But just how will you be able to run those apps on the first ever tablet computer by RIM? Why, with emulators of course (RIM calls them "app players"! The ported apps, although highly compatible with QNX, will still require you to install an app emulator in order to run Android or Java programs (one emulator for Android, and another one for Java). All the apps, as well as the two emulators, will be available for download on BlackBerry App World.
Of course, this doesn't mean that PlayBook users will have access to more than 200,000 Android apps and about 25,000 Java ones right from the start. No, as mentioned, devs will first have to do a few quick tweaks to their ingenious creations, and then manually submit their apps to RIM's store, one by one. However, this is still great news for end-users as it means that it would be very likely for the BlackBerry PlayBook to obtain a rich catalog of third-party apps for a relatively short period of time.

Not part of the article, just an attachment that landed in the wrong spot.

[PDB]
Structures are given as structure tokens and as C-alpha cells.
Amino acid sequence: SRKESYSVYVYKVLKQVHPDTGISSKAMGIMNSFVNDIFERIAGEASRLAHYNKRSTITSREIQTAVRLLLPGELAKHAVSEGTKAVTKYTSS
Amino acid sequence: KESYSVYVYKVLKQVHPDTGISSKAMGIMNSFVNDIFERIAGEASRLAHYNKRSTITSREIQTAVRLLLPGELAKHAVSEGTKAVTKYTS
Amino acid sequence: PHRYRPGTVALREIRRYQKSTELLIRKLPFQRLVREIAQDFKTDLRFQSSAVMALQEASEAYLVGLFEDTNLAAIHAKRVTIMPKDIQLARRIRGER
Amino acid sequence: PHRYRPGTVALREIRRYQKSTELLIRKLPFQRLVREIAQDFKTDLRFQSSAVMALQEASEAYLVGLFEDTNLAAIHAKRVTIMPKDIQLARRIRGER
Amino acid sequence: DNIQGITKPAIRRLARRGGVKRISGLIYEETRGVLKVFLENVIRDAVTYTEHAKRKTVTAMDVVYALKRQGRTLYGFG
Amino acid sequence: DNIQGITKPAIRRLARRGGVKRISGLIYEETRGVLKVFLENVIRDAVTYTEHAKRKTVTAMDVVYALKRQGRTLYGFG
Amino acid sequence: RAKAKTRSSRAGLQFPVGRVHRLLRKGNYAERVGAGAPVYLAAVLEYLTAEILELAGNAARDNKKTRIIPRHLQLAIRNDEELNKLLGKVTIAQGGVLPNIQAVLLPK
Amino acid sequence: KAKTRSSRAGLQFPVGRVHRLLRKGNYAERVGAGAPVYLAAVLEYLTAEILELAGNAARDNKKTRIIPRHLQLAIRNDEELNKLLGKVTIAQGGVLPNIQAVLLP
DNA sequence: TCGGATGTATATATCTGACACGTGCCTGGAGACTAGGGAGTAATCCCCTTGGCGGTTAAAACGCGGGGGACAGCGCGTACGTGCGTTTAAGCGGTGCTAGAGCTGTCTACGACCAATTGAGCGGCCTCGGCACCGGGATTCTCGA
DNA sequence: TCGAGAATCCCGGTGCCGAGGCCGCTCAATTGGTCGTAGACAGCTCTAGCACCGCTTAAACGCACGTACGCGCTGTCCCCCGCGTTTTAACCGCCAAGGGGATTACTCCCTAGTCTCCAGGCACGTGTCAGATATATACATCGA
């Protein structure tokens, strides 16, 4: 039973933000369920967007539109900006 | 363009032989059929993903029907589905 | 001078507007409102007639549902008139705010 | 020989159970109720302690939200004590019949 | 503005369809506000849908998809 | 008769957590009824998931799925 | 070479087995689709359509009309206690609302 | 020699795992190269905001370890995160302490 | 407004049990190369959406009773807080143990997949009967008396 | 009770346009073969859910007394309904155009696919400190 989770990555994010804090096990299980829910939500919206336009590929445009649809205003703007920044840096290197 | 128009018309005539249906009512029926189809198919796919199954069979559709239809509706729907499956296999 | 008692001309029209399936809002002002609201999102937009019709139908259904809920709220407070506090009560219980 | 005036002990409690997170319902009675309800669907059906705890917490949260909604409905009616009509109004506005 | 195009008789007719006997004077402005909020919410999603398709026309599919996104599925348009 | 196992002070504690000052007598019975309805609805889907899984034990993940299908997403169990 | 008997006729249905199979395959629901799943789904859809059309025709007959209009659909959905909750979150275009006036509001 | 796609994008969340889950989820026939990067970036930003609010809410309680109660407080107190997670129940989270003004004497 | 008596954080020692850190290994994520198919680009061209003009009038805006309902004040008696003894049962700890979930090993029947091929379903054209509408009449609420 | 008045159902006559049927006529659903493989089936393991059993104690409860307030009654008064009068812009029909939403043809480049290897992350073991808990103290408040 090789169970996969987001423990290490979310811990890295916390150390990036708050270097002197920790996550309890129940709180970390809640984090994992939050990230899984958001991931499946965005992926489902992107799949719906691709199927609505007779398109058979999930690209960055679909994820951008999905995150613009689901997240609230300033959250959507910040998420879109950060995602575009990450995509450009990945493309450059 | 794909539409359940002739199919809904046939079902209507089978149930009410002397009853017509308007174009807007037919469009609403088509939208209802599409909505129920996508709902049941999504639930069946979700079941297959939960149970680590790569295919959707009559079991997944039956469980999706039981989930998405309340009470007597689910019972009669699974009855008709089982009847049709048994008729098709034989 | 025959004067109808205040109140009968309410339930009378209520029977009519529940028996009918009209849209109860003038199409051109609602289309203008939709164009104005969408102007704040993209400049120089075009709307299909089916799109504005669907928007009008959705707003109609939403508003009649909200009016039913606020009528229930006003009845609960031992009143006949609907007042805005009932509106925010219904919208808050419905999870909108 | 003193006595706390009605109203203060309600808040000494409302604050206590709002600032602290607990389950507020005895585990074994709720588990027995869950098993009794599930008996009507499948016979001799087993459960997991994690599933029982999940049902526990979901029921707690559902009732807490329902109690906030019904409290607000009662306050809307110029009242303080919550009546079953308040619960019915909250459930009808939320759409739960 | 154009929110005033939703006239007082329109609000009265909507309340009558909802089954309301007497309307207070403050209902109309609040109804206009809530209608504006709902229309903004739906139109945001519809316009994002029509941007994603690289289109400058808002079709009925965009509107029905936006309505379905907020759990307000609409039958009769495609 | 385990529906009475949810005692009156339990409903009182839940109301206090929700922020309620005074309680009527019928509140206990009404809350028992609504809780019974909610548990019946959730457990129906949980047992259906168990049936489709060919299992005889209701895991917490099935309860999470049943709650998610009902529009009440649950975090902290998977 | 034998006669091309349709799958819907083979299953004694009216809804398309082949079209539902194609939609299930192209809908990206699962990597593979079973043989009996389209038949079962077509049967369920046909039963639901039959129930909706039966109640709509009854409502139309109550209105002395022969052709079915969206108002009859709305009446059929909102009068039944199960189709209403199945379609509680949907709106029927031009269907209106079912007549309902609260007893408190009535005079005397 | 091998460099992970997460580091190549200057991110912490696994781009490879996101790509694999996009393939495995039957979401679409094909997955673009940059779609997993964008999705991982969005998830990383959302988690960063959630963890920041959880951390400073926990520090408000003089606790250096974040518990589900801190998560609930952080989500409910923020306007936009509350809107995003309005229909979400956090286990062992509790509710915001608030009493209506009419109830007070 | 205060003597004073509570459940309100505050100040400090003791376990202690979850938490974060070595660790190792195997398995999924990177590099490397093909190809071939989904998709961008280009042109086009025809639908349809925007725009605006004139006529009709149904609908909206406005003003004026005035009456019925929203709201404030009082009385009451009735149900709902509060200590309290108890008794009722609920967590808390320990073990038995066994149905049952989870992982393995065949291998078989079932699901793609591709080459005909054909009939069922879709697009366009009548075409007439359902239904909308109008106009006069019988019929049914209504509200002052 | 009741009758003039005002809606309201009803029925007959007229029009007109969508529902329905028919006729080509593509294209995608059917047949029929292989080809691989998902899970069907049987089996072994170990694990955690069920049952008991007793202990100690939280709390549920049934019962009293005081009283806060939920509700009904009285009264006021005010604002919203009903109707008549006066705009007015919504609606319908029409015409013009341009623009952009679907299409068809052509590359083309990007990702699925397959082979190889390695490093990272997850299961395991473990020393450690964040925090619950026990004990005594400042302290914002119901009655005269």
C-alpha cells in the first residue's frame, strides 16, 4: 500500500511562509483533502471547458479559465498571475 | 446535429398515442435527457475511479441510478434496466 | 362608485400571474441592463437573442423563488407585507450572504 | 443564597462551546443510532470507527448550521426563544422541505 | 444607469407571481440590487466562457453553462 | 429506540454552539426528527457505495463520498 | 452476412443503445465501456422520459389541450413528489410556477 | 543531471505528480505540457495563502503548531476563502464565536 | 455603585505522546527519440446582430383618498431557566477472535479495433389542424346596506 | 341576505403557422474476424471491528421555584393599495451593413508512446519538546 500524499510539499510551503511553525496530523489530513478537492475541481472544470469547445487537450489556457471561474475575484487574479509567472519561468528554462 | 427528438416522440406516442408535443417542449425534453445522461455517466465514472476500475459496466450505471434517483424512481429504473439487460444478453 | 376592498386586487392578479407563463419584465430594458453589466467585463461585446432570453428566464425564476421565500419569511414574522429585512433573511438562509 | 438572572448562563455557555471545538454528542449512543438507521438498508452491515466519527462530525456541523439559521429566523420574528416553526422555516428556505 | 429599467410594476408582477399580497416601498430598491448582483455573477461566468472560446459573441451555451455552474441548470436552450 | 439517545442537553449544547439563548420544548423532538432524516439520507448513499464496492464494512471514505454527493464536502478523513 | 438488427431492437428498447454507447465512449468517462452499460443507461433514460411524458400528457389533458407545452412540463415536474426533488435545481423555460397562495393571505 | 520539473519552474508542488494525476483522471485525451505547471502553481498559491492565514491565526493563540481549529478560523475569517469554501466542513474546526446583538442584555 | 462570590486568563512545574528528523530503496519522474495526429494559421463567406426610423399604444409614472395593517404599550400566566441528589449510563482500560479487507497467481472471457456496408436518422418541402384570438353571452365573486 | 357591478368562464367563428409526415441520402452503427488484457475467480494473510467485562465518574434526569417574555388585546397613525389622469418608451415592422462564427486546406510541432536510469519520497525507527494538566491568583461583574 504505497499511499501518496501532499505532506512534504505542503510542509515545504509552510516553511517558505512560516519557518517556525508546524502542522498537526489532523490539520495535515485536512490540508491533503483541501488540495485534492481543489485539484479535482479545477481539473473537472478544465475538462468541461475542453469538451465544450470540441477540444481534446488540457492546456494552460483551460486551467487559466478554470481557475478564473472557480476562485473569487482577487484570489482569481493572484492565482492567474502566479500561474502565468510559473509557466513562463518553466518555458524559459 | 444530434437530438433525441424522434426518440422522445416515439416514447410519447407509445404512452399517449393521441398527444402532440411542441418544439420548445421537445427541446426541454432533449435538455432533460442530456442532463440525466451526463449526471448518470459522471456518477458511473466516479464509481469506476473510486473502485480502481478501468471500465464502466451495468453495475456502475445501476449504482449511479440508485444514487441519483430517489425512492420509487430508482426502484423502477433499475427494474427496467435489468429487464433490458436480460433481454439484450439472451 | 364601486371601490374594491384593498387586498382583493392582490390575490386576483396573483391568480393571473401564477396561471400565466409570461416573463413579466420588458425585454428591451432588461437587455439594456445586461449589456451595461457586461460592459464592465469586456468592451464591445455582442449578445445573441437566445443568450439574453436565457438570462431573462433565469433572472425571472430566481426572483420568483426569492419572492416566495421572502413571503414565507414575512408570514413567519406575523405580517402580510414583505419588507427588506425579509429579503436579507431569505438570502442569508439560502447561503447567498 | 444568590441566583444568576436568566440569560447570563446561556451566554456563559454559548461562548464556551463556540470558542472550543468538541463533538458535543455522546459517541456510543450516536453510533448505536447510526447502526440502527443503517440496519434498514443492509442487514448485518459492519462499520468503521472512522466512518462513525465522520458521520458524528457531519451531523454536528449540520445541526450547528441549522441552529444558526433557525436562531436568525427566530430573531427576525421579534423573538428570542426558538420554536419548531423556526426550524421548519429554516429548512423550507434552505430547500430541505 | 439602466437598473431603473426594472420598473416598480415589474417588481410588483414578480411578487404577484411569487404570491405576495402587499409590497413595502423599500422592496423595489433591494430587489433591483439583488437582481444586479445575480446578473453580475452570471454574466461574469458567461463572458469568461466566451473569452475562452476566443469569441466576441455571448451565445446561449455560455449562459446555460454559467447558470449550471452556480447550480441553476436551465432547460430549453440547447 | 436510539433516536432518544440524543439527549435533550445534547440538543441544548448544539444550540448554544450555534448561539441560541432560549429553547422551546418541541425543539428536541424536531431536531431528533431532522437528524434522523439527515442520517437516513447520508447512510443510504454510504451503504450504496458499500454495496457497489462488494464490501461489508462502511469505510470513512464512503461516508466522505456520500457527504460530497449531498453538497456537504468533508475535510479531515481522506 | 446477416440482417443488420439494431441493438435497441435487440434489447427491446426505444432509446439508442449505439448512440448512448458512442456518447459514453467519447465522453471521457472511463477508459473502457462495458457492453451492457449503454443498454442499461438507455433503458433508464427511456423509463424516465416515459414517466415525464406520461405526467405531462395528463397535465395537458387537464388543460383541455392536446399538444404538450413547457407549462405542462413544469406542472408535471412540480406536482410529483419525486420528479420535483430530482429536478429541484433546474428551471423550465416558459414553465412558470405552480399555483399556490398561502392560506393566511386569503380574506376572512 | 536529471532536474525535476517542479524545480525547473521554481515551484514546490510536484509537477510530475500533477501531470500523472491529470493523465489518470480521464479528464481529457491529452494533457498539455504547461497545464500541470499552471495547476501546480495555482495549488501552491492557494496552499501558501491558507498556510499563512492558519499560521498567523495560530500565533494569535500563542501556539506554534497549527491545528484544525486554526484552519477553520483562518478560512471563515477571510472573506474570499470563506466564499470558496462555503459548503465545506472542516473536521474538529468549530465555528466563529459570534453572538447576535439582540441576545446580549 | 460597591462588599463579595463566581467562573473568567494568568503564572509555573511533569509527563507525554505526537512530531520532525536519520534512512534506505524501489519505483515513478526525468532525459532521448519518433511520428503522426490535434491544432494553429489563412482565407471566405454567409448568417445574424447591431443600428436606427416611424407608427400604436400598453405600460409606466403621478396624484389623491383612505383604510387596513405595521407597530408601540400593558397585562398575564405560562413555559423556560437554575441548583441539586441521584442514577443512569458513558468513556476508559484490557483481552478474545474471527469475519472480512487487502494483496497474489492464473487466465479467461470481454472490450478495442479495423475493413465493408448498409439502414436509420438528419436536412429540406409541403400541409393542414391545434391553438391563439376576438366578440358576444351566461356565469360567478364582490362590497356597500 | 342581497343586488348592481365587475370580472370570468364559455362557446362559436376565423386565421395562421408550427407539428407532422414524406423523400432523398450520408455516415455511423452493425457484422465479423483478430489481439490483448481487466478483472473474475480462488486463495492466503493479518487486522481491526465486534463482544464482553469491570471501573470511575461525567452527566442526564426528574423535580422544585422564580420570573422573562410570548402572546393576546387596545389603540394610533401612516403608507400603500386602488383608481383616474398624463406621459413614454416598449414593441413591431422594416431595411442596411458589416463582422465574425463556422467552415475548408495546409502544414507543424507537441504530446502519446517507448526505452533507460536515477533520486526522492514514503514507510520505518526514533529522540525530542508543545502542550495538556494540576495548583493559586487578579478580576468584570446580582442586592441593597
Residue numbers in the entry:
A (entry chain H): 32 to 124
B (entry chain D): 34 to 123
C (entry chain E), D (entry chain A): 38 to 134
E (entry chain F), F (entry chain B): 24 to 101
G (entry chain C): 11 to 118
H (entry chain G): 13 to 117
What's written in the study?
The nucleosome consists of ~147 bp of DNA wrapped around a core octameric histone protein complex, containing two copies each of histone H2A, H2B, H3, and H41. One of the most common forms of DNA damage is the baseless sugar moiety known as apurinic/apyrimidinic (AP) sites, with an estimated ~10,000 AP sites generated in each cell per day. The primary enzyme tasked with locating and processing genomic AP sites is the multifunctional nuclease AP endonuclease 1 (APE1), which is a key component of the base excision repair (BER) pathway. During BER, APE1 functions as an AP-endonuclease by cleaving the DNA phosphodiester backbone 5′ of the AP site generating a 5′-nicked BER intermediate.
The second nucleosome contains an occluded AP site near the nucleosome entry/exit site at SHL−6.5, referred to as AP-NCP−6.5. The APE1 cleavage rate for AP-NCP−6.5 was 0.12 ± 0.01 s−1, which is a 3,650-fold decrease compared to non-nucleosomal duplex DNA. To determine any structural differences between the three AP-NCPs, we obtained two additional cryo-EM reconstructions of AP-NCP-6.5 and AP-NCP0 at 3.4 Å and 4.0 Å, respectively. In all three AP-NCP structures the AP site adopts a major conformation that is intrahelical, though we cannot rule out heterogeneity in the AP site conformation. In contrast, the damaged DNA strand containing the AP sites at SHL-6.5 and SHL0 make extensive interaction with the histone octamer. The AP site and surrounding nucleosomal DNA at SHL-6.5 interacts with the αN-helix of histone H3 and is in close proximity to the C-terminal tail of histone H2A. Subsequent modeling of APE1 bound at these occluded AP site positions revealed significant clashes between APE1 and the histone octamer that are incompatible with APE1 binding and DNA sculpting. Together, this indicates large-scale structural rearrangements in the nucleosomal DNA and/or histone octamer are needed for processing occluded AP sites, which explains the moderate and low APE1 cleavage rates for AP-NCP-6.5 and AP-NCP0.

It is worth noting that security won't be compromised (that legendary BlackBerry security, you know) when executing any of the typically loosely-controlled Android apps or even the Java ones, since the emulators will function in a secured sandbox (means all the resources they utilize and much of what they actually do will be tightly monitored and controlled by the operating system). Obviously a lot of thinking has been done in this direction by RIM staff.
In addition, RIM announced that it will shortly release the native PlayBook SDK, which will allow devs to cook their own C/C++ applications for the platform. Not only that, but the company has also partnered with cross-platform game engine developers Ideaworks Labs and Unity Technologies, the tools of which are expected to come in handy for game studios.
The RIM BlackBerry PlayBook is currently scheduled to come out on April 19, but the Android and Java app emulators are expected to be available sometime in the summer. Sad face :(